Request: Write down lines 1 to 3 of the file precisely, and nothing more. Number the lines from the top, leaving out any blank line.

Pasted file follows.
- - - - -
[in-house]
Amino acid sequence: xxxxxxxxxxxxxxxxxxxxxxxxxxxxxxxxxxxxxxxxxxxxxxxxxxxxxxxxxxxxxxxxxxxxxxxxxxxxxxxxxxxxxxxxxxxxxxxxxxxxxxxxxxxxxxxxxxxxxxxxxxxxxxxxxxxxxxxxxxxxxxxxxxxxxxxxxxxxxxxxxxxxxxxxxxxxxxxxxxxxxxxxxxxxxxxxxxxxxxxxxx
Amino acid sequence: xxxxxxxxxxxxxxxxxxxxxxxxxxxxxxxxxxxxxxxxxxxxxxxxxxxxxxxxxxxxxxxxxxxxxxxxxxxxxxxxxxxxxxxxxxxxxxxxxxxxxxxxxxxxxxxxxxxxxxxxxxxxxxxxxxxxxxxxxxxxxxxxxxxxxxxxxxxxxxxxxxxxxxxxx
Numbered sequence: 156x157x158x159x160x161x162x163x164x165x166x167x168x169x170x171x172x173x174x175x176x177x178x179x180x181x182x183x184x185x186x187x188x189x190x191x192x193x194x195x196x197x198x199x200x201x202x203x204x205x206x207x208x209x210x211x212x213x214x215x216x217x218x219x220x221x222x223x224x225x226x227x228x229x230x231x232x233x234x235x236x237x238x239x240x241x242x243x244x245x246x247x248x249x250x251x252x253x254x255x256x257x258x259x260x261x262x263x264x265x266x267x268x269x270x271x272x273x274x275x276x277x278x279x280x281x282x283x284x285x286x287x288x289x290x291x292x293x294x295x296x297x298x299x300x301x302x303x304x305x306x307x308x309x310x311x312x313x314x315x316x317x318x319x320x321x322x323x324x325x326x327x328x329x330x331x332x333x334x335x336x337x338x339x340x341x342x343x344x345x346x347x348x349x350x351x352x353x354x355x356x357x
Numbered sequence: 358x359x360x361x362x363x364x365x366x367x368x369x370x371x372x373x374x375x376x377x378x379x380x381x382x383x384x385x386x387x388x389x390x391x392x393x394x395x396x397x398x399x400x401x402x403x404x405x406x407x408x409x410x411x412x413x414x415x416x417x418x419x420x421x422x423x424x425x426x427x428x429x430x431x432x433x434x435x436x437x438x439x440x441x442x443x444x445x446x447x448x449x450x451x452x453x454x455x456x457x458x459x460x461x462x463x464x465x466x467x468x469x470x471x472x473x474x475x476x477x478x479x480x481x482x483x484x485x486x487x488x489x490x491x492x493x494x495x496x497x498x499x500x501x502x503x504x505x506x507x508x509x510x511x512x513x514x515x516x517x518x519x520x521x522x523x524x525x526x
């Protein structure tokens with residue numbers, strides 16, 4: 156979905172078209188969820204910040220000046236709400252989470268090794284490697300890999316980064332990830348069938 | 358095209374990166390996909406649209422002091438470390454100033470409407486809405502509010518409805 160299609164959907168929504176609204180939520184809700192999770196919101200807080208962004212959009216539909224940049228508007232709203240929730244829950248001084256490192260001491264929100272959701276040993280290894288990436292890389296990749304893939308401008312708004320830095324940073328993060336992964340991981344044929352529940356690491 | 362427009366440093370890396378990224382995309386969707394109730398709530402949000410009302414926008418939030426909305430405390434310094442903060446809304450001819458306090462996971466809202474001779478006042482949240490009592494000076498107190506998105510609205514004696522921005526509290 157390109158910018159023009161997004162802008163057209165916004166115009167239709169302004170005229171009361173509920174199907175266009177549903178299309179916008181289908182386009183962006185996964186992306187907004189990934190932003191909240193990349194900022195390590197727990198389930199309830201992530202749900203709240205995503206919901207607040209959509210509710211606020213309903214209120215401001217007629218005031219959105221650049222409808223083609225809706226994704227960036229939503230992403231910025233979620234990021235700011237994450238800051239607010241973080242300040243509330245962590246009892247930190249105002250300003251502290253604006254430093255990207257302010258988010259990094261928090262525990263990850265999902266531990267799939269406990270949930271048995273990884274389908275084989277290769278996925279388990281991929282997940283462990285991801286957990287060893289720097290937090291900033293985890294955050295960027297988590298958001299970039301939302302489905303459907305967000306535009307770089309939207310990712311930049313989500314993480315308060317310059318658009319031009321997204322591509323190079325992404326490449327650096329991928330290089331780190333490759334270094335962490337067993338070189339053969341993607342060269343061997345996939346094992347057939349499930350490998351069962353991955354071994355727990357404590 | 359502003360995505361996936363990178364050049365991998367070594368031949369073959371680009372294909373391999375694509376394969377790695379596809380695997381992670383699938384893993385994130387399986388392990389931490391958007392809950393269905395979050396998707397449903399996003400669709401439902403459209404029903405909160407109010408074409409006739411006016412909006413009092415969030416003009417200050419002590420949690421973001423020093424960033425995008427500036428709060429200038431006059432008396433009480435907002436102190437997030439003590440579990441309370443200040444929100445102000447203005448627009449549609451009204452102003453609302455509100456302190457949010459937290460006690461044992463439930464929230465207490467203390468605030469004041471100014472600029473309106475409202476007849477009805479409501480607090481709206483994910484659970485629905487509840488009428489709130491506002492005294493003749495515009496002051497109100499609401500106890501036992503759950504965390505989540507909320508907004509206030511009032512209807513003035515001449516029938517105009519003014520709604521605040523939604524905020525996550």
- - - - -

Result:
[in-house]
Amino acid sequence: xxxxxxxxxxxxxxxxxxxxxxxxxxxxxxxxxxxxxxxxxxxxxxxxxxxxxxxxxxxxxxxxxxxxxxxxxxxxxxxxxxxxxxxxxxxxxxxxxxxxxxxxxxxxxxxxxxxxxxxxxxxxxxxxxxxxxxxxxxxxxxxxxxxxxxxxxxxxxxxxxxxxxxxxxxxxxxxxxxxxxxxxxxxxxxxxxxxxxxxxxx
Amino acid sequence: xxxxxxxxxxxxxxxxxxxxxxxxxxxxxxxxxxxxxxxxxxxxxxxxxxxxxxxxxxxxxxxxxxxxxxxxxxxxxxxxxxxxxxxxxxxxxxxxxxxxxxxxxxxxxxxxxxxxxxxxxxxxxxxxxxxxxxxxxxxxxxxxxxxxxxxxxxxxxxxxxxxxxxxxx